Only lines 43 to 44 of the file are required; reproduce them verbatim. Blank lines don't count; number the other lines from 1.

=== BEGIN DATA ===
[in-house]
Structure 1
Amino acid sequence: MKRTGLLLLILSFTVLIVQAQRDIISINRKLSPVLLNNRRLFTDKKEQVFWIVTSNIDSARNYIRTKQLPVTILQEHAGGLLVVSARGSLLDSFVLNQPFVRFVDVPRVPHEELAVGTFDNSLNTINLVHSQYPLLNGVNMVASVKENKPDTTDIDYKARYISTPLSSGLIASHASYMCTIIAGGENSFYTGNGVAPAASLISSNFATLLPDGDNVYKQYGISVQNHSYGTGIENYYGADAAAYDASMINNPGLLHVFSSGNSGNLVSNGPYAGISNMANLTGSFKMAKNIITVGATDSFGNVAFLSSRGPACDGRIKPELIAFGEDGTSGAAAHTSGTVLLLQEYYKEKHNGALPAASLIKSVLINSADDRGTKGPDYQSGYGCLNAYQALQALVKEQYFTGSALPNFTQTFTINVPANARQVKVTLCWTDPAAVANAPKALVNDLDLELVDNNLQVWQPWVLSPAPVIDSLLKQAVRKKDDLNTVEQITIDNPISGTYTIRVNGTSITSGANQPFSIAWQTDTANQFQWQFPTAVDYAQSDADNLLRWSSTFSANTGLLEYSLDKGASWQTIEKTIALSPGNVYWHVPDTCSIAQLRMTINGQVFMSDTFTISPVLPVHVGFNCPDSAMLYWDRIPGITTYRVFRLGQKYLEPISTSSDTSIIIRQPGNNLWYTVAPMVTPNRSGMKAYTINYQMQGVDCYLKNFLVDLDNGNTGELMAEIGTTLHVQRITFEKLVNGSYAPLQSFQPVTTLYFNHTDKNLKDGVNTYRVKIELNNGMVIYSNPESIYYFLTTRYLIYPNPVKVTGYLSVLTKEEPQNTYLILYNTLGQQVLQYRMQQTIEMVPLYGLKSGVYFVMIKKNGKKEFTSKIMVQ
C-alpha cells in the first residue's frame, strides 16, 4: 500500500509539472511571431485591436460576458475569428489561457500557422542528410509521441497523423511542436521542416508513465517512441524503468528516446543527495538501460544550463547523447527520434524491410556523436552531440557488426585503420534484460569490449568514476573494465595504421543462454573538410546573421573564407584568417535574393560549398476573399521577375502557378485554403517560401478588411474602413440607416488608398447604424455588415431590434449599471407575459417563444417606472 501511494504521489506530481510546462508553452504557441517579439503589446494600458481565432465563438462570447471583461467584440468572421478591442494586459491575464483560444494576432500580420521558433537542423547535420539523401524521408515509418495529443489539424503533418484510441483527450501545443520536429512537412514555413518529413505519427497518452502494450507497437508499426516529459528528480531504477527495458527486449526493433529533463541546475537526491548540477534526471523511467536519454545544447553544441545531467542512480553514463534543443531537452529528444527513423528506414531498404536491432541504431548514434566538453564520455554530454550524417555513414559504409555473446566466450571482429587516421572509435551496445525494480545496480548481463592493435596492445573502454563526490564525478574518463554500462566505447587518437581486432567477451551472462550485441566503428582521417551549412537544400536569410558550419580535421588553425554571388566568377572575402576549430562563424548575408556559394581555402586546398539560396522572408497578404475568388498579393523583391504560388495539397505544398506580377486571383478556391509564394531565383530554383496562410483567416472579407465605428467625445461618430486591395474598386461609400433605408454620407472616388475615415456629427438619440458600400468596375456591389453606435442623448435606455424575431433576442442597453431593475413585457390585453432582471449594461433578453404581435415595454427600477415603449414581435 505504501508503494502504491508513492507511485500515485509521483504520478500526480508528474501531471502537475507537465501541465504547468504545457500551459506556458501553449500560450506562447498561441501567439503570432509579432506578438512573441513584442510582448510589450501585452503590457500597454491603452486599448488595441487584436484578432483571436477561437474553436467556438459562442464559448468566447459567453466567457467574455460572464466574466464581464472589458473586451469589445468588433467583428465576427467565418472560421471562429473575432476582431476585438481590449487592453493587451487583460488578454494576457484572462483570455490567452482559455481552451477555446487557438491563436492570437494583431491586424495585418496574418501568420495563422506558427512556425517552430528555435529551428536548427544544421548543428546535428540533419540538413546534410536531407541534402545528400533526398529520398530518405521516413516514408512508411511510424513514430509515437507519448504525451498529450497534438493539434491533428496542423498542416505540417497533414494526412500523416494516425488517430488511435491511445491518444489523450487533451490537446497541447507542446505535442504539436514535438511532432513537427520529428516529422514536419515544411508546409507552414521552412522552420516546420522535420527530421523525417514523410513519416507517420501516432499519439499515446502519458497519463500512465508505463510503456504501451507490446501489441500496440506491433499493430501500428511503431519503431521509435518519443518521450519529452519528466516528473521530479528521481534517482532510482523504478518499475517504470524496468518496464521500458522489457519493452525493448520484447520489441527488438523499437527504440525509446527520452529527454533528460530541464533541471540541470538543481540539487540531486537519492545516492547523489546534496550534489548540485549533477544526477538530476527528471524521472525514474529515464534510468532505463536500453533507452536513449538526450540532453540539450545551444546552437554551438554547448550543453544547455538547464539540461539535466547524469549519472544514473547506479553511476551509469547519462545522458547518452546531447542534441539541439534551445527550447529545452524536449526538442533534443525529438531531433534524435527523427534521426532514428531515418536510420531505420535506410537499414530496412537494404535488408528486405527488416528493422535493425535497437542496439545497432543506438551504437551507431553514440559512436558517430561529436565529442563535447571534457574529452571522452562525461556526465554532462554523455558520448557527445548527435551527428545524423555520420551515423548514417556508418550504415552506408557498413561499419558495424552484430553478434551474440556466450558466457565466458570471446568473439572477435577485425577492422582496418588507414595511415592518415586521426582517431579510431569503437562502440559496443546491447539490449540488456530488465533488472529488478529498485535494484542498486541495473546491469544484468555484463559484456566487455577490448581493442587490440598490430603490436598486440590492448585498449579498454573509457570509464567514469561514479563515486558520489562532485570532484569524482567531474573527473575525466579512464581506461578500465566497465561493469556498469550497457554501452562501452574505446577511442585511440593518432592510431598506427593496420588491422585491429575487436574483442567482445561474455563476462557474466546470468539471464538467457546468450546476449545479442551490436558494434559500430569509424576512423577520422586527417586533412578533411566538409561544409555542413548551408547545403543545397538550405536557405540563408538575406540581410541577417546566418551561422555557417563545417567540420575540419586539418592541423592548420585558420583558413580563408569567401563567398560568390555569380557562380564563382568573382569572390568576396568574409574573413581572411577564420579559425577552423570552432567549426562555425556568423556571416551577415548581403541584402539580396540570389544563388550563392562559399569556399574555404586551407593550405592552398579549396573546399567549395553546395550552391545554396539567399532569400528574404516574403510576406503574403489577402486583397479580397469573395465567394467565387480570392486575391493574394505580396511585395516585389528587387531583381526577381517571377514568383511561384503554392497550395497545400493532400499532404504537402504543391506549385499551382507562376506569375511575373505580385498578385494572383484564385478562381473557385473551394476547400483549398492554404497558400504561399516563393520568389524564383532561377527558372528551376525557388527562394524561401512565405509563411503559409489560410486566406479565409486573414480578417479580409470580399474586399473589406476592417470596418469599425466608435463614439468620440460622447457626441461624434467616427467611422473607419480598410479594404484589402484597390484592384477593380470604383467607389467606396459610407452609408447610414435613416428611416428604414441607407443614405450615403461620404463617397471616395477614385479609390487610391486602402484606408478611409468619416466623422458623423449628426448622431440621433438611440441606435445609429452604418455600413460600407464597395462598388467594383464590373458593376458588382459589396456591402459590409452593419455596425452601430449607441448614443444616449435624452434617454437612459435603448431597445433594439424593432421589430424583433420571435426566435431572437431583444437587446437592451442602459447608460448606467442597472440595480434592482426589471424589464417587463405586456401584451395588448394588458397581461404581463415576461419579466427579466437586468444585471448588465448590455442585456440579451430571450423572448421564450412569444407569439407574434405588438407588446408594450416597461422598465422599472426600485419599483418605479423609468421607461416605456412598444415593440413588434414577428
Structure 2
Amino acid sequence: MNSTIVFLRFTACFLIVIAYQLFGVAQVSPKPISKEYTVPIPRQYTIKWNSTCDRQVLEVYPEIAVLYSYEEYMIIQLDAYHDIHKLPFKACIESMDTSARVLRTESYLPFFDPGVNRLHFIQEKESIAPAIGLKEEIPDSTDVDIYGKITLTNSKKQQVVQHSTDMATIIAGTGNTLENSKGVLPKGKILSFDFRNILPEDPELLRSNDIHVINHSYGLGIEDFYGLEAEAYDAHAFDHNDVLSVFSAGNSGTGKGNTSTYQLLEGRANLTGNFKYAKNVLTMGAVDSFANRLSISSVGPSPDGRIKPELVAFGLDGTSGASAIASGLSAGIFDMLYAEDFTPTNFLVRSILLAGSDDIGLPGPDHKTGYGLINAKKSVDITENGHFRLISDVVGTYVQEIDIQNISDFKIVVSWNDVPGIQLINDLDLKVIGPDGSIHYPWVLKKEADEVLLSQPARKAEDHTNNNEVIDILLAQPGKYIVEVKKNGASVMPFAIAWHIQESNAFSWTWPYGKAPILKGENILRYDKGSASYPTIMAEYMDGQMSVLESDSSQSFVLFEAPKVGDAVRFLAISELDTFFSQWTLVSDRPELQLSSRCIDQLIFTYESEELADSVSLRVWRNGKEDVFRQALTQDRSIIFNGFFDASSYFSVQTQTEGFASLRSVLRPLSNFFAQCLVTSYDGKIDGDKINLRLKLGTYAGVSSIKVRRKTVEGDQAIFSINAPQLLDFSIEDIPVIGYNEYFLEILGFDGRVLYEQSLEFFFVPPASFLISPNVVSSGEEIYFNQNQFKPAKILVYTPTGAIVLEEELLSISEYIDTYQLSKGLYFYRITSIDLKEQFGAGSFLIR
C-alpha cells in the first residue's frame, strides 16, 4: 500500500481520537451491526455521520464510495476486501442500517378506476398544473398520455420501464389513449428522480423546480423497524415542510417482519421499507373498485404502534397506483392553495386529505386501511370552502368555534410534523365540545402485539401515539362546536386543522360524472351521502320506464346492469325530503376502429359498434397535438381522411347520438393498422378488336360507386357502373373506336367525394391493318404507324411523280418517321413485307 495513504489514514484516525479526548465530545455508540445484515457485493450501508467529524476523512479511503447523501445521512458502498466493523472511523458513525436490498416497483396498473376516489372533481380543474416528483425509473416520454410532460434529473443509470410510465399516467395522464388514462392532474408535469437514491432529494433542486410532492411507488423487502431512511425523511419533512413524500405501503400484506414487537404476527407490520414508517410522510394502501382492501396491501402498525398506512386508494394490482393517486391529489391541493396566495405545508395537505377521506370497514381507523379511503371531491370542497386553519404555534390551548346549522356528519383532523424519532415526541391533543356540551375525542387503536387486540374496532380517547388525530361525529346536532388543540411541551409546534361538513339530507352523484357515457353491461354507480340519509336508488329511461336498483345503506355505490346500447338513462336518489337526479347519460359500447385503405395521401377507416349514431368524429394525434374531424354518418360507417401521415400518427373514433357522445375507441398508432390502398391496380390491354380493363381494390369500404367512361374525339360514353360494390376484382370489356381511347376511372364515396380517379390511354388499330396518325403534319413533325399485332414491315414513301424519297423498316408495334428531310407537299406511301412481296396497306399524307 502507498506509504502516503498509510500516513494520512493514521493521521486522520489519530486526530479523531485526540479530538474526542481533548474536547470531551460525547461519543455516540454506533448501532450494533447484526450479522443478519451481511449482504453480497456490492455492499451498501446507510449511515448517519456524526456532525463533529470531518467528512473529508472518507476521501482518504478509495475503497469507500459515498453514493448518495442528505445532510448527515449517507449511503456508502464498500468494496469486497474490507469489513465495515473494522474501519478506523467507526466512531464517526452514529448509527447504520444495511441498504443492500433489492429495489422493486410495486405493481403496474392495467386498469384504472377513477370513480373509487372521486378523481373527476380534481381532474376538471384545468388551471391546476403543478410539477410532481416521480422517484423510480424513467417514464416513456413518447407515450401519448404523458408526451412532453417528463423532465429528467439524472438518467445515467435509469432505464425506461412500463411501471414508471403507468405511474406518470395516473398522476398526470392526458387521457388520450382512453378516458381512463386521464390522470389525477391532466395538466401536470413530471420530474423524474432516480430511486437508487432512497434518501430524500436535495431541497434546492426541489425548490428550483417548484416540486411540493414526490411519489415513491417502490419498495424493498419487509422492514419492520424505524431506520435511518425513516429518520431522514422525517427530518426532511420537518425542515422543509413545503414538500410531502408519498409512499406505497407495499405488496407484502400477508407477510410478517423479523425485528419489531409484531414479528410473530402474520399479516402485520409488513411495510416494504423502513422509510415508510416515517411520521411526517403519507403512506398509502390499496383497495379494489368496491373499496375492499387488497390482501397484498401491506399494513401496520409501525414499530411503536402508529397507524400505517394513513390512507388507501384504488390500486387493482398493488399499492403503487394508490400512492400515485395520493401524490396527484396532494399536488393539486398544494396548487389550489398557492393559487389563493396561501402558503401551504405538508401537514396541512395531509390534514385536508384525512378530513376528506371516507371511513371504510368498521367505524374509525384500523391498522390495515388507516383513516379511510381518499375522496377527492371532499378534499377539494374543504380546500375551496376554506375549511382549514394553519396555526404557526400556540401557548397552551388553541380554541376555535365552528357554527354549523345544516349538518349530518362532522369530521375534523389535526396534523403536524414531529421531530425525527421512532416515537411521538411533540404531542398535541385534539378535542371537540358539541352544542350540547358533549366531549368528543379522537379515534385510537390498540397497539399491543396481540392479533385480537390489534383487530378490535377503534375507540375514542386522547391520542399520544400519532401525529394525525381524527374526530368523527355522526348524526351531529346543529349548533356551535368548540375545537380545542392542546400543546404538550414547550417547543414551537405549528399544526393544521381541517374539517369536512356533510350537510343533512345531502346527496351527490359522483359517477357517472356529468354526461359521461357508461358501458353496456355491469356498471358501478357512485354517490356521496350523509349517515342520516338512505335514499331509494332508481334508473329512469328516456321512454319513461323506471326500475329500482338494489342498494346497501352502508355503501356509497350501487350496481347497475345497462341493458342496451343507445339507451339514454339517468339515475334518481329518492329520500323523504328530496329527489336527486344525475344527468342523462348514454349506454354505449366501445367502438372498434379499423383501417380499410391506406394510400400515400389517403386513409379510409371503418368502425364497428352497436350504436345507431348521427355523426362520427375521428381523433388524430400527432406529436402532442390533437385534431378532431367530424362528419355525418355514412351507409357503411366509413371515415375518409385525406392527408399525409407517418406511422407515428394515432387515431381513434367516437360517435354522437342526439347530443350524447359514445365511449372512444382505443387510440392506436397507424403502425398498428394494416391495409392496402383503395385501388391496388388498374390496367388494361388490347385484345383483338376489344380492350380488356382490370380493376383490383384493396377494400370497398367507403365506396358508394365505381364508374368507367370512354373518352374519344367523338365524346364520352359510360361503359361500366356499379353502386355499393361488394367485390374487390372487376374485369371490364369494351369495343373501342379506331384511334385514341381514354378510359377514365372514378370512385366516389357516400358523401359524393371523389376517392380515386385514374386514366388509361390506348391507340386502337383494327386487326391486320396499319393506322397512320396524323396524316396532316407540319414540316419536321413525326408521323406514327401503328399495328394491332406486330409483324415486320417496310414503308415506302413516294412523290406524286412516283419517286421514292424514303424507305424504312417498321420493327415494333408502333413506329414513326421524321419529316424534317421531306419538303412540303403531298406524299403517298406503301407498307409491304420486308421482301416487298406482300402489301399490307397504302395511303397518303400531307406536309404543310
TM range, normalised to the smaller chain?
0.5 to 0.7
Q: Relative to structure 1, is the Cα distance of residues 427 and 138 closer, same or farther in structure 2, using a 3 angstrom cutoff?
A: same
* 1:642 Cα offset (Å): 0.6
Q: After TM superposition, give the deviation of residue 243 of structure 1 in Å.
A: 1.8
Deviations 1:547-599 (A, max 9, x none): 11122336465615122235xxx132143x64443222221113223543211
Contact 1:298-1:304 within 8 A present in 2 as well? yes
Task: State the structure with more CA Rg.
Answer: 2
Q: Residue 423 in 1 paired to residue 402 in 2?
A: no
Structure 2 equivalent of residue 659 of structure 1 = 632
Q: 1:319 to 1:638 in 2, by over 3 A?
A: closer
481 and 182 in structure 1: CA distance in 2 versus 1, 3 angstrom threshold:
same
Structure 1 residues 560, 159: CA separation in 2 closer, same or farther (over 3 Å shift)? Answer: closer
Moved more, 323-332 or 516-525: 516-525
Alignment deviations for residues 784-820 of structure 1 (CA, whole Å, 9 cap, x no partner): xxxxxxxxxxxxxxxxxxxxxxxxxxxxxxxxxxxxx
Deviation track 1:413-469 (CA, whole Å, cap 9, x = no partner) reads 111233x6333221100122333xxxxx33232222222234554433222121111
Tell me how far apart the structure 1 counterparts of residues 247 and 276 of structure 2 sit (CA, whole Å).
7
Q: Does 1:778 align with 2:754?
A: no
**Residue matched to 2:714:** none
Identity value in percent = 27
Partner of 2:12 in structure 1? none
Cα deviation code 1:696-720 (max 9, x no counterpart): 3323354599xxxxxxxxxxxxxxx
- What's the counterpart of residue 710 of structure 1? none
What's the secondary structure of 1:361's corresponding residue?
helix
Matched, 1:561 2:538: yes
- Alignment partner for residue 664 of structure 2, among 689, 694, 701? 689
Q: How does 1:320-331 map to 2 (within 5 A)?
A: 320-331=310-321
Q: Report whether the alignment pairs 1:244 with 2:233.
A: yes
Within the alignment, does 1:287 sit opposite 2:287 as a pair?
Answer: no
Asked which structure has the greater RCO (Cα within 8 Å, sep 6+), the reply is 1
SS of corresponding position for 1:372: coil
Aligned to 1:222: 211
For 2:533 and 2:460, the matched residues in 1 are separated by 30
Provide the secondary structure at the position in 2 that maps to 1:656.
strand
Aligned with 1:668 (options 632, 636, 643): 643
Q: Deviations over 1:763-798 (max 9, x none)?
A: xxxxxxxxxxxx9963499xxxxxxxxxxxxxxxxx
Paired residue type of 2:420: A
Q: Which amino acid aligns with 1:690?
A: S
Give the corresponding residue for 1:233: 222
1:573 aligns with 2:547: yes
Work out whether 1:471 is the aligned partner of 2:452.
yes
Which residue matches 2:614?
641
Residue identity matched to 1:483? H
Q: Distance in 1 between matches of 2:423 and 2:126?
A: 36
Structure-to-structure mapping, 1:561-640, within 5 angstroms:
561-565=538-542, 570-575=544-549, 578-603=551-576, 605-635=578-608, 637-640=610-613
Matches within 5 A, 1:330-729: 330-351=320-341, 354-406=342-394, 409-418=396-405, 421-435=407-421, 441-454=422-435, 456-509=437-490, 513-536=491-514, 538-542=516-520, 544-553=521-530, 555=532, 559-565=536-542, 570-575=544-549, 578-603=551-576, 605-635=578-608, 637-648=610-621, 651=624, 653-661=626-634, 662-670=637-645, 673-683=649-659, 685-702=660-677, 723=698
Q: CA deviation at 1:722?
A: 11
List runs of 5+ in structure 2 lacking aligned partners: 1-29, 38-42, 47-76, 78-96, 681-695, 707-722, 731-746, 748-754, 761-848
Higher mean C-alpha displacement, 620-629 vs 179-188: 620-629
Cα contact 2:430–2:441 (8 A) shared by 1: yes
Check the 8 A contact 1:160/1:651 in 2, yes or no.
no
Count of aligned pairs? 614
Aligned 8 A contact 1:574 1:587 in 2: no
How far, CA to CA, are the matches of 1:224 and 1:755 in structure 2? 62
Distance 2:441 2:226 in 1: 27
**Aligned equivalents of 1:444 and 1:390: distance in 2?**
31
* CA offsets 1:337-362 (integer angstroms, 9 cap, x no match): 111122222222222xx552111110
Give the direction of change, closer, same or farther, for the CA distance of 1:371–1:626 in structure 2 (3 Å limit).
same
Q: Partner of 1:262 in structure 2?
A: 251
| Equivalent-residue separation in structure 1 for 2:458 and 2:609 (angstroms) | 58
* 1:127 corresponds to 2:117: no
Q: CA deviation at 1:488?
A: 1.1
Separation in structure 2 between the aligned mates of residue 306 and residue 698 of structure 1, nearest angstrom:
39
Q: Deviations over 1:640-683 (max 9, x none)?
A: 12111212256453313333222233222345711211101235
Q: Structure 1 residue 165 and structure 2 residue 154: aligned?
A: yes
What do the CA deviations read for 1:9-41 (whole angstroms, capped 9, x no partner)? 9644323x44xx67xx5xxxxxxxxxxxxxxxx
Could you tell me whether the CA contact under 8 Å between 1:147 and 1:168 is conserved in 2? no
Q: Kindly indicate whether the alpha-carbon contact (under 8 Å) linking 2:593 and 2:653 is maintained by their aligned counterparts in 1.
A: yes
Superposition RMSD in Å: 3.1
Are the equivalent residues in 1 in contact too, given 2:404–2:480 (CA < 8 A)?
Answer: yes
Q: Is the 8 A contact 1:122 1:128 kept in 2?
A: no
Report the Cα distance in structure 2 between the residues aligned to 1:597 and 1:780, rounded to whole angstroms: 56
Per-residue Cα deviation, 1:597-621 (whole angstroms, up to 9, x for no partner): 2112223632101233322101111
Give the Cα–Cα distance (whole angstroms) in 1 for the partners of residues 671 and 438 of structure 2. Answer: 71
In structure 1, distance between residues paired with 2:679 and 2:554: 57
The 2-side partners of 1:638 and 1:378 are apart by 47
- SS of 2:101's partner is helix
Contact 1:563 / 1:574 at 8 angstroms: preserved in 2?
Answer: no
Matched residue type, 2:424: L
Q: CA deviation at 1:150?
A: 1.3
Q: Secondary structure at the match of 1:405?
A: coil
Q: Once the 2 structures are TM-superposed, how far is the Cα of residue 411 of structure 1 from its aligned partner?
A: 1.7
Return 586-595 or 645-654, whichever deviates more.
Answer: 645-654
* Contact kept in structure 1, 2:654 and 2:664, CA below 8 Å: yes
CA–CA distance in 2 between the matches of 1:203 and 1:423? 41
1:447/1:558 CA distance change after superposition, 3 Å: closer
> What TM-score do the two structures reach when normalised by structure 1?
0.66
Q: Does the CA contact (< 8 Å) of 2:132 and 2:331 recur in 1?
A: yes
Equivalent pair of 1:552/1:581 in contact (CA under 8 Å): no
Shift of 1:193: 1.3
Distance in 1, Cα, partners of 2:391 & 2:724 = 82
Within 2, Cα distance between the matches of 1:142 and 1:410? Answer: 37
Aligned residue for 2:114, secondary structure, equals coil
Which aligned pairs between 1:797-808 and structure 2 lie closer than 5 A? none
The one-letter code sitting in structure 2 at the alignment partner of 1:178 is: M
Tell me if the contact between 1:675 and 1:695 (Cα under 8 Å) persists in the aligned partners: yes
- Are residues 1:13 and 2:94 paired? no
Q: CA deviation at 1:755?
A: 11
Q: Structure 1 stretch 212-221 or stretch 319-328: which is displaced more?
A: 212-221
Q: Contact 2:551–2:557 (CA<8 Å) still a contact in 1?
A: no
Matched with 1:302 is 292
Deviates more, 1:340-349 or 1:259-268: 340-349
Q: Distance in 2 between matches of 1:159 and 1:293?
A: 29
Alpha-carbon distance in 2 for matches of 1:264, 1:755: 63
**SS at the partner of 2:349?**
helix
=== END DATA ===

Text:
Q: How does 1:320-331 map to 2 (within 5 A)?
A: 320-331=310-321